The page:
Combined Inhibition of mTOR and CDK4/6 Is Required for Optimal Blockade of E2F Function and Long-Term Growth Inhibition in ER-Positive Breast Cancer

Conference Correspondent  - SABCS 2017 - Breast Cancer

The CDK-retinoblastoma (RB)-E2F pathway plays a critical role in the control of cell cycle in estrogen receptor (ER)-positive breast cancer. Several small-molecule inhibitors of CDK4/6 (abemaciclib, ribociclib, and palbociclib) have shown promise in this tumor type in combination with hormonal therapies, reflecting the particular dependence of this subtype of cancer on cyclin D1 and E2F transcription factors.1 mTOR inhibitors have also shown potential in clinical trials in this disease setting.2 Recent data have suggested cooperation between the PI3K pathway and CDK4/6 inhibition in preventing early adaptation and eliciting growth arrest, but the mechanisms of the interplay between these pathways have not been fully elucidated.3

In their presentation at SABCS 2017, the authors showed that profound and durable inhibition of ER-positive breast cancer growth is likely to require multiple hits on E2F-mediated transcription.4 They demonstrated that inhibition of mTOR using the mTORC1/2 inhibitor vistusertib at 300 nM causes a >50% decrease in cyclin D1 protein levels and RB phosphorylation in 3 cell lines. At these concentrations, vistusertib treatment also elicits marked effects on E2F-mediated transcription, causing changes in the mRNA levels of 28 of 43 (65%) of a selected set of E2F target genes. Combined inhibition of mTOR, CDK4/6, and ER delivers profound and durable regressions in breast cancer cell lines and xenografts (110.2% tumor growth inhibition at day 48). In vivo data showed that over a period of 58 days, tumors failed to regrow in the presence of the triplet combination compared with either agent alone, suggesting the triplet is necessary to maintain growth inhibition. Furthermore, they showed that CDK4/6 inhibitor‒resistant cell lines reactivate the CDK-RB-E2F pathway, but remain sensitive to mTOR inhibition (EC50 52.7 nM in parental cells vs 39.6-73.3 nM in a number of palbociclib-resistant cell populations), suggesting that mTORC1/2 inhibitors may represent an option for patients that have relapsed with CDK4/6 inhibitor therapy.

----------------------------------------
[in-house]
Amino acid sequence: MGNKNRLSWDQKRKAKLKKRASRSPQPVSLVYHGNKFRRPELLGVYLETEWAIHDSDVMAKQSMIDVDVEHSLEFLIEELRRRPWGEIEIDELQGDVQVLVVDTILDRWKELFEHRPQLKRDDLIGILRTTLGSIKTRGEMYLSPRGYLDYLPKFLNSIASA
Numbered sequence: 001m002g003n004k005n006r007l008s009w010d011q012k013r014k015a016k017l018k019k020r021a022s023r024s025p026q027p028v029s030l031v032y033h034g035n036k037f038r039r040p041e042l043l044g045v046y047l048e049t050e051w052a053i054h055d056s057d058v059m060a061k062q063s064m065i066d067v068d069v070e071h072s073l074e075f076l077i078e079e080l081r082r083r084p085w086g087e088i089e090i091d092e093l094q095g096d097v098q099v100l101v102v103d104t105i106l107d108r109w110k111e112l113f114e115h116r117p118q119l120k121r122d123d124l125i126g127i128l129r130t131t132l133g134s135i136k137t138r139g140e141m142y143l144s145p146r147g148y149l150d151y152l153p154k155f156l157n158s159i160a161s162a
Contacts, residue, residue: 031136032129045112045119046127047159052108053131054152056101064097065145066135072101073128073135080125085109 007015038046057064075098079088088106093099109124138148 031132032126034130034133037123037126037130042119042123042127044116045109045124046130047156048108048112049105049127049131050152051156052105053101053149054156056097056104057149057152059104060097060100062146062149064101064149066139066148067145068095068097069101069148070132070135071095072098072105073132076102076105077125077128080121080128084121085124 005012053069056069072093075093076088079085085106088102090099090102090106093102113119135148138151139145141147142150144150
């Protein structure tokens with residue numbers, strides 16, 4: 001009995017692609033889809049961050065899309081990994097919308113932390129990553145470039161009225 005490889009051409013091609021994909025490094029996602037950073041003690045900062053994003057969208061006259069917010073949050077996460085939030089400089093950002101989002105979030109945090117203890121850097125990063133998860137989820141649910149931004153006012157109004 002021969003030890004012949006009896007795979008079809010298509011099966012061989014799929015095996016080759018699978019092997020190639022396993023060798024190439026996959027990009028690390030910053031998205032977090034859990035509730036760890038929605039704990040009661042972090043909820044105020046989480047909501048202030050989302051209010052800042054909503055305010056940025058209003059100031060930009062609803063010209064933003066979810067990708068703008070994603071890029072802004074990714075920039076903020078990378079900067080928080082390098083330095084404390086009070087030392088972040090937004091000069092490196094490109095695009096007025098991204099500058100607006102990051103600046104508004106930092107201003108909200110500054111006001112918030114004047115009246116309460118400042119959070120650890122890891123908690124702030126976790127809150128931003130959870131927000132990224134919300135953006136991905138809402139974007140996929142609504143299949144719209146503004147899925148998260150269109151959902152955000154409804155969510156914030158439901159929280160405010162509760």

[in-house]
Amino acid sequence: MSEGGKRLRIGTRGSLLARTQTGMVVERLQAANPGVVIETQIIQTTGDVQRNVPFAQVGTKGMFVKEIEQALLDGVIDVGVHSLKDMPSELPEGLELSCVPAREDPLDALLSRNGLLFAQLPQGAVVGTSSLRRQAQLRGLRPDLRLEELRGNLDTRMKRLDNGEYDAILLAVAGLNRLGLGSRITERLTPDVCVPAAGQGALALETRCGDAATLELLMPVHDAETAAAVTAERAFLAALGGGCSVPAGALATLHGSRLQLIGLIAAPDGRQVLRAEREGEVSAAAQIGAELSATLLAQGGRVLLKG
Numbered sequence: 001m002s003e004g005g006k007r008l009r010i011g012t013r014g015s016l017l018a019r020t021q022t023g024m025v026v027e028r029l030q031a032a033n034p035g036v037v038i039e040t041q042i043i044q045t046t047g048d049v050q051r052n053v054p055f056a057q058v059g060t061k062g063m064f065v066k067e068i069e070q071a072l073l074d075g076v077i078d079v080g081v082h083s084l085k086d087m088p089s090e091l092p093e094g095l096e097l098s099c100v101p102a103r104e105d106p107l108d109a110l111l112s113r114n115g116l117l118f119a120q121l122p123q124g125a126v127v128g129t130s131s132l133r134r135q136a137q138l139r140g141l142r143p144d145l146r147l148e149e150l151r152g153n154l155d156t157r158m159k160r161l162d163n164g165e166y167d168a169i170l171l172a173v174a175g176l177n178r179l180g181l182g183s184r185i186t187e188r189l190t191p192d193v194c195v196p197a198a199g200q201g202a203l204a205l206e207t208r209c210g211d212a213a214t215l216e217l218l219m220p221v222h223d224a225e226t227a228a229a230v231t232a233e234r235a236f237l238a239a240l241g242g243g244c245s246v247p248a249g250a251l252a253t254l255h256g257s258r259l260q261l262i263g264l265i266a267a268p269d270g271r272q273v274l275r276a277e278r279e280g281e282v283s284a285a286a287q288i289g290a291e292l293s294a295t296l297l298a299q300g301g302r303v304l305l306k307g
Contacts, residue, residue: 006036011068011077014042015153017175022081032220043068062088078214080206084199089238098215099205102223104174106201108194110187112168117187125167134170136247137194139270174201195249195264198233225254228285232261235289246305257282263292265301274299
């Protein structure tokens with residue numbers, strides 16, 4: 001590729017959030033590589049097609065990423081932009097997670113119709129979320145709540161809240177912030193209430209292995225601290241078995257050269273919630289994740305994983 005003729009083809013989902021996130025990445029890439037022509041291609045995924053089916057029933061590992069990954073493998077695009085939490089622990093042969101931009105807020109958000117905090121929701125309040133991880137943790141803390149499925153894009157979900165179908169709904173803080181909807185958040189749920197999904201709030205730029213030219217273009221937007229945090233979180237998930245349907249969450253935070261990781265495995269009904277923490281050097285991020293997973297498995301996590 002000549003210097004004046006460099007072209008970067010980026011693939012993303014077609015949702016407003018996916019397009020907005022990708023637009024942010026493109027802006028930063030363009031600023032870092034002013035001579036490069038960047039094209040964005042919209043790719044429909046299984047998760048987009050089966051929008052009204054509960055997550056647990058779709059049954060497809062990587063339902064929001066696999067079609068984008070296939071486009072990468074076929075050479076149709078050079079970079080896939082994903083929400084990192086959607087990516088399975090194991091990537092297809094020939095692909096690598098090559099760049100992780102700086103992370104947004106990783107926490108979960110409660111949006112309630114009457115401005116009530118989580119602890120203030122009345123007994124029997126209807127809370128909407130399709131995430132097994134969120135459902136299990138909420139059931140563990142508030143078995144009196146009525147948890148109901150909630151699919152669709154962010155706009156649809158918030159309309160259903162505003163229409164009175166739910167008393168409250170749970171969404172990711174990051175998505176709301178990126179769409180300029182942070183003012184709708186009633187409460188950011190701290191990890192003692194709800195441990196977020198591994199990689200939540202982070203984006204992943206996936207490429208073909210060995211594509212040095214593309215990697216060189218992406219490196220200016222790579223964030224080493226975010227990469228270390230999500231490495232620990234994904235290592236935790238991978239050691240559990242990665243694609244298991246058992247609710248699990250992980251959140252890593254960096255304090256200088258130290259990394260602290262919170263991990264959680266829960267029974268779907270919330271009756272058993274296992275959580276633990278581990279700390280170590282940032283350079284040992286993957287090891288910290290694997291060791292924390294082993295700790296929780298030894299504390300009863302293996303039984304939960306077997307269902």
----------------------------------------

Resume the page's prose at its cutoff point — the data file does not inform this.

On the strength of these data, a phase 1/2 multicenter study (PASTOR) combining the dual TOR kinase inhibitor vistusertib with palbociclib and fulvestrant is underway to explore the safety and efficacy of the triplet combination in patients with metastatic breast cancer.

References

  1. Zardavas D, et al. Expert Opin Investig Drugs. 2017;26:1357-1372.
  2. Woo SU, et al. Oncogenesis. 2017;6:e385.
  3. Cortés J, et al. Cancer Treat Rev. 2017;61:53-60.
  4. Oelmann E, et al. SABCS 2017. Abstract PD4-04.
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Last modified: December 8, 2017